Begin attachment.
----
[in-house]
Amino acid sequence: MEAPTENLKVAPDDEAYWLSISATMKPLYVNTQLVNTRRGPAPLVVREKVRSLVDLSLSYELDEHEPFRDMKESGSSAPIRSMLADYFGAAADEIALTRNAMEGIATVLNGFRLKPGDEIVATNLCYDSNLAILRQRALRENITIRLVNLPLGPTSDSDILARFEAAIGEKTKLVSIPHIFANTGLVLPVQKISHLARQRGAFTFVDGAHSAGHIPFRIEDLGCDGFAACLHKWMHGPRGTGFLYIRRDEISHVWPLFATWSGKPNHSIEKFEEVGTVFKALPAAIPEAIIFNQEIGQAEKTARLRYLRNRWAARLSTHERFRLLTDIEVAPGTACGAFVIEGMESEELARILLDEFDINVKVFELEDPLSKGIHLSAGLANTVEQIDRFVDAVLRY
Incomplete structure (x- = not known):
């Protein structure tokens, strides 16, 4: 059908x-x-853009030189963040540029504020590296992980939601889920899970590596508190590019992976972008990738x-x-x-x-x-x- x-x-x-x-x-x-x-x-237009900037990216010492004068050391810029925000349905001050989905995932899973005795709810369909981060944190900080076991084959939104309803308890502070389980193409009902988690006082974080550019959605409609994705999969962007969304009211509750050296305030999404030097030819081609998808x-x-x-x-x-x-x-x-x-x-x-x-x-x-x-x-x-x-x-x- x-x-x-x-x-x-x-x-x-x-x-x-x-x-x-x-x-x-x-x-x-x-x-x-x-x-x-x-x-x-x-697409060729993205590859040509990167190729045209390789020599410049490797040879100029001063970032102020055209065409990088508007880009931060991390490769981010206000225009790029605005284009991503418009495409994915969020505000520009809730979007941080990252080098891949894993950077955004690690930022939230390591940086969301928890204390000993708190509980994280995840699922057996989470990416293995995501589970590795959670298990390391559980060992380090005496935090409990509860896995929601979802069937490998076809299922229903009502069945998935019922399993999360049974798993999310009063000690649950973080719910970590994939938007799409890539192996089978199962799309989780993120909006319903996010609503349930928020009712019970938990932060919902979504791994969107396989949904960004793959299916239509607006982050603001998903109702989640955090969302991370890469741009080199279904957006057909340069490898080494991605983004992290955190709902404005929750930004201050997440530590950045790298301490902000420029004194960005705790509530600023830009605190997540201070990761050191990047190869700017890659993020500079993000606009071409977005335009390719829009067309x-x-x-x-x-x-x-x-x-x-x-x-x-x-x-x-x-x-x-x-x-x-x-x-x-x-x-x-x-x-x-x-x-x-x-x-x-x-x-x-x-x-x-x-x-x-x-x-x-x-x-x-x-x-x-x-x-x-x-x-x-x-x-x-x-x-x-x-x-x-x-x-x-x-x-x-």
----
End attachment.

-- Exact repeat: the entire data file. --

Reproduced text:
[in-house]
Amino acid sequence: MEAPTENLKVAPDDEAYWLSISATMKPLYVNTQLVNTRRGPAPLVVREKVRSLVDLSLSYELDEHEPFRDMKESGSSAPIRSMLADYFGAAADEIALTRNAMEGIATVLNGFRLKPGDEIVATNLCYDSNLAILRQRALRENITIRLVNLPLGPTSDSDILARFEAAIGEKTKLVSIPHIFANTGLVLPVQKISHLARQRGAFTFVDGAHSAGHIPFRIEDLGCDGFAACLHKWMHGPRGTGFLYIRRDEISHVWPLFATWSGKPNHSIEKFEEVGTVFKALPAAIPEAIIFNQEIGQAEKTARLRYLRNRWAARLSTHERFRLLTDIEVAPGTACGAFVIEGMESEELARILLDEFDINVKVFELEDPLSKGIHLSAGLANTVEQIDRFVDAVLRY
Incomplete structure (x- = not known):
């Protein structure tokens, strides 16, 4: 059908x-x-853009030189963040540029504020590296992980939601889920899970590596508190590019992976972008990738x-x-x-x-x-x- x-x-x-x-x-x-x-x-237009900037990216010492004068050391810029925000349905001050989905995932899973005795709810369909981060944190900080076991084959939104309803308890502070389980193409009902988690006082974080550019959605409609994705999969962007969304009211509750050296305030999404030097030819081609998808x-x-x-x-x-x-x-x-x-x-x-x-x-x-x-x-x-x-x-x- x-x-x-x-x-x-x-x-x-x-x-x-x-x-x-x-x-x-x-x-x-x-x-x-x-x-x-x-x-x-x-697409060729993205590859040509990167190729045209390789020599410049490797040879100029001063970032102020055209065409990088508007880009931060991390490769981010206000225009790029605005284009991503418009495409994915969020505000520009809730979007941080990252080098891949894993950077955004690690930022939230390591940086969301928890204390000993708190509980994280995840699922057996989470990416293995995501589970590795959670298990390391559980060992380090005496935090409990509860896995929601979802069937490998076809299922229903009502069945998935019922399993999360049974798993999310009063000690649950973080719910970590994939938007799409890539192996089978199962799309989780993120909006319903996010609503349930928020009712019970938990932060919902979504791994969107396989949904960004793959299916239509607006982050603001998903109702989640955090969302991370890469741009080199279904957006057909340069490898080494991605983004992290955190709902404005929750930004201050997440530590950045790298301490902000420029004194960005705790509530600023830009605190997540201070990761050191990047190869700017890659993020500079993000606009071409977005335009390719829009067309x-x-x-x-x-x-x-x-x-x-x-x-x-x-x-x-x-x-x-x-x-x-x-x-x-x-x-x-x-x-x-x-x-x-x-x-x-x-x-x-x-x-x-x-x-x-x-x-x-x-x-x-x-x-x-x-x-x-x-x-x-x-x-x-x-x-x-x-x-x-x-x-x-x-x-x-």